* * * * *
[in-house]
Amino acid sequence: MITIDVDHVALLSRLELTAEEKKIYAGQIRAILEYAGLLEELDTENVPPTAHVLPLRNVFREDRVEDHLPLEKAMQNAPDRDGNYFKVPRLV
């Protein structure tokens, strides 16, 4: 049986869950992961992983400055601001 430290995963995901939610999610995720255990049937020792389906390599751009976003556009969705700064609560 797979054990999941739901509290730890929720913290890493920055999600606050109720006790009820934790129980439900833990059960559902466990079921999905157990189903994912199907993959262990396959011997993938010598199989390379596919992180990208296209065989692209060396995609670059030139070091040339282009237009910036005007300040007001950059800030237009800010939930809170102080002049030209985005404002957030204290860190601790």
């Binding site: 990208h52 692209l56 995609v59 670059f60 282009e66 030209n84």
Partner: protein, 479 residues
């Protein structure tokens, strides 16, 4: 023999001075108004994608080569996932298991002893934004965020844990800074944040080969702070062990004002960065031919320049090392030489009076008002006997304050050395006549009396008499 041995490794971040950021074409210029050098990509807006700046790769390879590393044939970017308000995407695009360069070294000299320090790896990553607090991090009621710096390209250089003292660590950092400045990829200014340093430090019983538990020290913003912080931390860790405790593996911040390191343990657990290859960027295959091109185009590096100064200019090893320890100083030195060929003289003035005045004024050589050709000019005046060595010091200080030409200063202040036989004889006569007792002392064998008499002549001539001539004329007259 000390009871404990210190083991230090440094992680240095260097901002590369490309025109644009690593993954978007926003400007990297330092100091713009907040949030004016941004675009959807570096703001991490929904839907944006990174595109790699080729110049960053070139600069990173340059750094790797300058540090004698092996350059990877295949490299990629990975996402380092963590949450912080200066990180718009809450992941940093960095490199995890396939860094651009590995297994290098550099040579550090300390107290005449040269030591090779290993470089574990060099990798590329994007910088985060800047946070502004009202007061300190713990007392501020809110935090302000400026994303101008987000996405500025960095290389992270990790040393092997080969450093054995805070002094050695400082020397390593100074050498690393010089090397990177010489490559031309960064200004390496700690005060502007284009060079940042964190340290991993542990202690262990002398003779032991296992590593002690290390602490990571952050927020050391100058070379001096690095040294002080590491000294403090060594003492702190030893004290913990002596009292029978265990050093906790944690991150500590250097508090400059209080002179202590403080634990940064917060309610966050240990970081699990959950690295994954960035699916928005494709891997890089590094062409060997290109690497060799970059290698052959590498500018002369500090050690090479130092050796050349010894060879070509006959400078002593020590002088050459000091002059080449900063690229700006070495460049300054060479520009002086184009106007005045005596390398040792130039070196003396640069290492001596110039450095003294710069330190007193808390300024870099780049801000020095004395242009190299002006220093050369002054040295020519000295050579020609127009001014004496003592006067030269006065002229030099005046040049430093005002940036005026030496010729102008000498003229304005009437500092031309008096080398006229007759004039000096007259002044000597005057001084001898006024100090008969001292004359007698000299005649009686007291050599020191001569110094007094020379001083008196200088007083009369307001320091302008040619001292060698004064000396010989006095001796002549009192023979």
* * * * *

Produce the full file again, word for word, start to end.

[in-house]
Amino acid sequence: MITIDVDHVALLSRLELTAEEKKIYAGQIRAILEYAGLLEELDTENVPPTAHVLPLRNVFREDRVEDHLPLEKAMQNAPDRDGNYFKVPRLV
């Protein structure tokens, strides 16, 4: 049986869950992961992983400055601001 430290995963995901939610999610995720255990049937020792389906390599751009976003556009969705700064609560 797979054990999941739901509290730890929720913290890493920055999600606050109720006790009820934790129980439900833990059960559902466990079921999905157990189903994912199907993959262990396959011997993938010598199989390379596919992180990208296209065989692209060396995609670059030139070091040339282009237009910036005007300040007001950059800030237009800010939930809170102080002049030209985005404002957030204290860190601790």
């Binding site: 990208h52 692209l56 995609v59 670059f60 282009e66 030209n84």
Partner: protein, 479 residues
């Protein structure tokens, strides 16, 4: 023999001075108004994608080569996932298991002893934004965020844990800074944040080969702070062990004002960065031919320049090392030489009076008002006997304050050395006549009396008499 041995490794971040950021074409210029050098990509807006700046790769390879590393044939970017308000995407695009360069070294000299320090790896990553607090991090009621710096390209250089003292660590950092400045990829200014340093430090019983538990020290913003912080931390860790405790593996911040390191343990657990290859960027295959091109185009590096100064200019090893320890100083030195060929003289003035005045004024050589050709000019005046060595010091200080030409200063202040036989004889006569007792002392064998008499002549001539001539004329007259 000390009871404990210190083991230090440094992680240095260097901002590369490309025109644009690593993954978007926003400007990297330092100091713009907040949030004016941004675009959807570096703001991490929904839907944006990174595109790699080729110049960053070139600069990173340059750094790797300058540090004698092996350059990877295949490299990629990975996402380092963590949450912080200066990180718009809450992941940093960095490199995890396939860094651009590995297994290098550099040579550090300390107290005449040269030591090779290993470089574990060099990798590329994007910088985060800047946070502004009202007061300190713990007392501020809110935090302000400026994303101008987000996405500025960095290389992270990790040393092997080969450093054995805070002094050695400082020397390593100074050498690393010089090397990177010489490559031309960064200004390496700690005060502007284009060079940042964190340290991993542990202690262990002398003779032991296992590593002690290390602490990571952050927020050391100058070379001096690095040294002080590491000294403090060594003492702190030893004290913990002596009292029978265990050093906790944690991150500590250097508090400059209080002179202590403080634990940064917060309610966050240990970081699990959950690295994954960035699916928005494709891997890089590094062409060997290109690497060799970059290698052959590498500018002369500090050690090479130092050796050349010894060879070509006959400078002593020590002088050459000091002059080449900063690229700006070495460049300054060479520009002086184009106007005045005596390398040792130039070196003396640069290492001596110039450095003294710069330190007193808390300024870099780049801000020095004395242009190299002006220093050369002054040295020519000295050579020609127009001014004496003592006067030269006065002229030099005046040049430093005002940036005026030496010729102008000498003229304005009437500092031309008096080398006229007759004039000096007259002044000597005057001084001898006024100090008969001292004359007698000299005649009686007291050599020191001569110094007094020379001083008196200088007083009369307001320091302008040619001292060698004064000396010989006095001796002549009192023979």